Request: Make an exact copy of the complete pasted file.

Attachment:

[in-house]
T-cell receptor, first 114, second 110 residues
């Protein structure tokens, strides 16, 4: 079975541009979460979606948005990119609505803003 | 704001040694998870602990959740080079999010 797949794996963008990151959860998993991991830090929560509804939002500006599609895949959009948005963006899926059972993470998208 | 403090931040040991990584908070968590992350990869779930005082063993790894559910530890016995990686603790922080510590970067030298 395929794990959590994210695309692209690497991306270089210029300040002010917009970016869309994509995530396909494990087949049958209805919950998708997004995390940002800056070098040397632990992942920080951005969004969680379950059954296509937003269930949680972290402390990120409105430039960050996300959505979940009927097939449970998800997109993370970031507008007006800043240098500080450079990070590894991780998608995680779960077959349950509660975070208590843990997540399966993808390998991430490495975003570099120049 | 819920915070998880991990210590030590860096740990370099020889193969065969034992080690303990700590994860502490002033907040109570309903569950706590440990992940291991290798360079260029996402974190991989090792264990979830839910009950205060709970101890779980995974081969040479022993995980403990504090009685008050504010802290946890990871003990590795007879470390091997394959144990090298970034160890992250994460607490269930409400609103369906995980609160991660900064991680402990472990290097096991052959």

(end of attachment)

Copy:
[in-house]
T-cell receptor, first 114, second 110 residues
């Protein structure tokens, strides 16, 4: 079975541009979460979606948005990119609505803003 | 704001040694998870602990959740080079999010 797949794996963008990151959860998993991991830090929560509804939002500006599609895949959009948005963006899926059972993470998208 | 403090931040040991990584908070968590992350990869779930005082063993790894559910530890016995990686603790922080510590970067030298 395929794990959590994210695309692209690497991306270089210029300040002010917009970016869309994509995530396909494990087949049958209805919950998708997004995390940002800056070098040397632990992942920080951005969004969680379950059954296509937003269930949680972290402390990120409105430039960050996300959505979940009927097939449970998800997109993370970031507008007006800043240098500080450079990070590894991780998608995680779960077959349950509660975070208590843990997540399966993808390998991430490495975003570099120049 | 819920915070998880991990210590030590860096740990370099020889193969065969034992080690303990700590994860502490002033907040109570309903569950706590440990992940291991290798360079260029996402974190991989090792264990979830839910009950205060709970101890779980995974081969040479022993995980403990504090009685008050504010802290946890990871003990590795007879470390091997394959144990090298970034160890992250994460607490269930409400609103369906995980609160991660900064991680402990472990290097096991052959």